The old talk of the threefold nature of man and the necessity of a full, complete development, barren of fruit as it sometimes seems in our Schools, had become so familiar as to be almost a by-word a whole generation ago. Yet our schools were not established and are not sustained for the purpose of physical culture. Better to that end would have been the gymnasium, or a base-ball club, or in the country a turn with the shovel and the hoe. It is, of course, for the wise teacher to see that in the work of intellectual culture the health and physical grace of the pupil shall not deteriorate, making him with all his mental equipments but a bundle of bodily woes and weaknesses.

Nor was it for moral training and the formation of character, except as the mental culture shall tend to that result, that the public school was instituted. Morals are not taught in fourteen weeks or in any number of stated recitations, but should be like the prayer of the Christian :

The teacher's vital breath,
The teacher's native air,

Her watchword at the school-room door.
Her self-hood everywhere,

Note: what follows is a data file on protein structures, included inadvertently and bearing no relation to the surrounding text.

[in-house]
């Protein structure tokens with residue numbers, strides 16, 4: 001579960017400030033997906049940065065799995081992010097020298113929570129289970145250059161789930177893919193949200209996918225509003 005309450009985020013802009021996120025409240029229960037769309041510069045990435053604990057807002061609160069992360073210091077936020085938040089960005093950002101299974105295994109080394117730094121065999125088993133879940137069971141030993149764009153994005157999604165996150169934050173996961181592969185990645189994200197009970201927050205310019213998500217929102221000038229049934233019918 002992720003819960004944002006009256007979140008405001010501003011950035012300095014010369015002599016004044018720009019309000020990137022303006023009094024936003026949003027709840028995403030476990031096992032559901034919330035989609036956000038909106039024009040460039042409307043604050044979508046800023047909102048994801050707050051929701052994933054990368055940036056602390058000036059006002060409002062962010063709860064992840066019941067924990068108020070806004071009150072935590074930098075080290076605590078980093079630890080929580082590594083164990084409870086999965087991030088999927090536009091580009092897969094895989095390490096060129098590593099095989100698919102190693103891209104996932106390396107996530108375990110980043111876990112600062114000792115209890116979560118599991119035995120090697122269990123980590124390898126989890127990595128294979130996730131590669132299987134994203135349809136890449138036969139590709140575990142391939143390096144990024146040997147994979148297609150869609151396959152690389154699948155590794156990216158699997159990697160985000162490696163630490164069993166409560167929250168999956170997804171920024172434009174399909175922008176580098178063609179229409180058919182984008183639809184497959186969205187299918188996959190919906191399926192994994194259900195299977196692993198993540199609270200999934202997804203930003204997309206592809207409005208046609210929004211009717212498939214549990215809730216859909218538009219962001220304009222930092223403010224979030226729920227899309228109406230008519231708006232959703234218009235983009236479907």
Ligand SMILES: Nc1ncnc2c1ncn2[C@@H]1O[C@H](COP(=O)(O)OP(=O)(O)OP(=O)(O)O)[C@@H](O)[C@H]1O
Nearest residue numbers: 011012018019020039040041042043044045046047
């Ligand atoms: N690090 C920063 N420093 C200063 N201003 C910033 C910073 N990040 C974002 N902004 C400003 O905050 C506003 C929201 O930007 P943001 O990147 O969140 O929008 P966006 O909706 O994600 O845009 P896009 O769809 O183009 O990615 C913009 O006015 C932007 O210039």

that with bodily health unimpaired, strong in the integrity of a high and noble character induced by a cultured intellect and the habits of industry and self-restraint by which it may best be secured, our pupils without fear and without reproach may go forth like true knights to battle for the right in the complete panoply of a true scholarship—a scholarship which, knowing the experiences of the past with its errors and failures, may be the better able to discern and follow the paths of honor and success; a scholarship which, in so far as it has been attained, has ever been one of the most efficient agents in lifting men from the sloughs of idleness and degradation, dignifying labor and providing even for their idle hours the resources of happiness and noble virtues. For this intellectual furnishing we believe in the new education, though we ourselves were never guided by its smiles nor ever felt the enlivening influence of its wiser methods. Yet many of us can doubtless recall some individual teacher, some man, some woman, whose finer nature or truer sympathy has changed the current of our school, our world life, perchance, “made this and that other world another world’’ to our wakened thought ; and we believe there is a new education, though there may not be and probably is not anything in it that has not in some degree been practiced by good teachers ever since schools began. We believe in the new education as we believe in a new tune, though it contains not a tone that was not in the old despised one. We believe in it for the spirit of humanity underlying, overlying it, inspiring it, which makes the living child its subject, its untiring study, its ceaseless hope; for its truer appreciation of the child-nature in its restless eagerness, its longings, its love of nature and of life, and its ceaseless strivings to acquaint itself with its powers, its capabilities, and its surroundings; and for the wiser presentation of subjects suited to each stage of its advance and development, skillfully guiding its unrepressed and gladsome activities into the